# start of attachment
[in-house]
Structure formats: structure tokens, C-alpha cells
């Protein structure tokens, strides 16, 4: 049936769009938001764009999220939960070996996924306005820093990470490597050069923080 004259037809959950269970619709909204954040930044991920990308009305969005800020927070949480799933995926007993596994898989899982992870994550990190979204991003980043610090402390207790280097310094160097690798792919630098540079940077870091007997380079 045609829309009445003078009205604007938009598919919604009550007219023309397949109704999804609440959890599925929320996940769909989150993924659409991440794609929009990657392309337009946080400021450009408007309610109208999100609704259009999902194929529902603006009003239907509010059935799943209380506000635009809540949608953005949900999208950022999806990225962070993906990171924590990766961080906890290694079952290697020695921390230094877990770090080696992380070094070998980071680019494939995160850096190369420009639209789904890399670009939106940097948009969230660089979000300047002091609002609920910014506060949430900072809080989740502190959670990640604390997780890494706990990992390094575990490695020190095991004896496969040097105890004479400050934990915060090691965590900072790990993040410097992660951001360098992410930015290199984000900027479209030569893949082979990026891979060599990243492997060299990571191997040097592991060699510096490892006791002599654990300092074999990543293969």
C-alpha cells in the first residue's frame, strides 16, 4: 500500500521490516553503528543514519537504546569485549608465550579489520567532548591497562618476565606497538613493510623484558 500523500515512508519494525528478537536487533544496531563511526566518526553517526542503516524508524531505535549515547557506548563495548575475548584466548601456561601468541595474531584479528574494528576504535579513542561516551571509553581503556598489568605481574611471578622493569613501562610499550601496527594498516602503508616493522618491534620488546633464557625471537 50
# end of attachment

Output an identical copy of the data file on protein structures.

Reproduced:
[in-house]
Structure formats: structure tokens, C-alpha cells
């Protein structure tokens, strides 16, 4: 049936769009938001764009999220939960070996996924306005820093990470490597050069923080 004259037809959950269970619709909204954040930044991920990308009305969005800020927070949480799933995926007993596994898989899982992870994550990190979204991003980043610090402390207790280097310094160097690798792919630098540079940077870091007997380079 045609829309009445003078009205604007938009598919919604009550007219023309397949109704999804609440959890599925929320996940769909989150993924659409991440794609929009990657392309337009946080400021450009408007309610109208999100609704259009999902194929529902603006009003239907509010059935799943209380506000635009809540949608953005949900999208950022999806990225962070993906990171924590990766961080906890290694079952290697020695921390230094877990770090080696992380070094070998980071680019494939995160850096190369420009639209789904890399670009939106940097948009969230660089979000300047002091609002609920910014506060949430900072809080989740502190959670990640604390997780890494706990990992390094575990490695020190095991004896496969040097105890004479400050934990915060090691965590900072790990993040410097992660951001360098992410930015290199984000900027479209030569893949082979990026891979060599990243492997060299990571191997040097592991060699510096490892006791002599654990300092074999990543293969």
C-alpha cells in the first residue's frame, strides 16, 4: 500500500521490516553503528543514519537504546569485549608465550579489520567532548591497562618476565606497538613493510623484558 500523500515512508519494525528478537536487533544496531563511526566518526553517526542503516524508524531505535549515547557506548563495548575475548584466548601456561601468541595474531584479528574494528576504535579513542561516551571509553581503556598489568605481574611471578622493569613501562610499550601496527594498516602503508616493522618491534620488546633464557625471537 50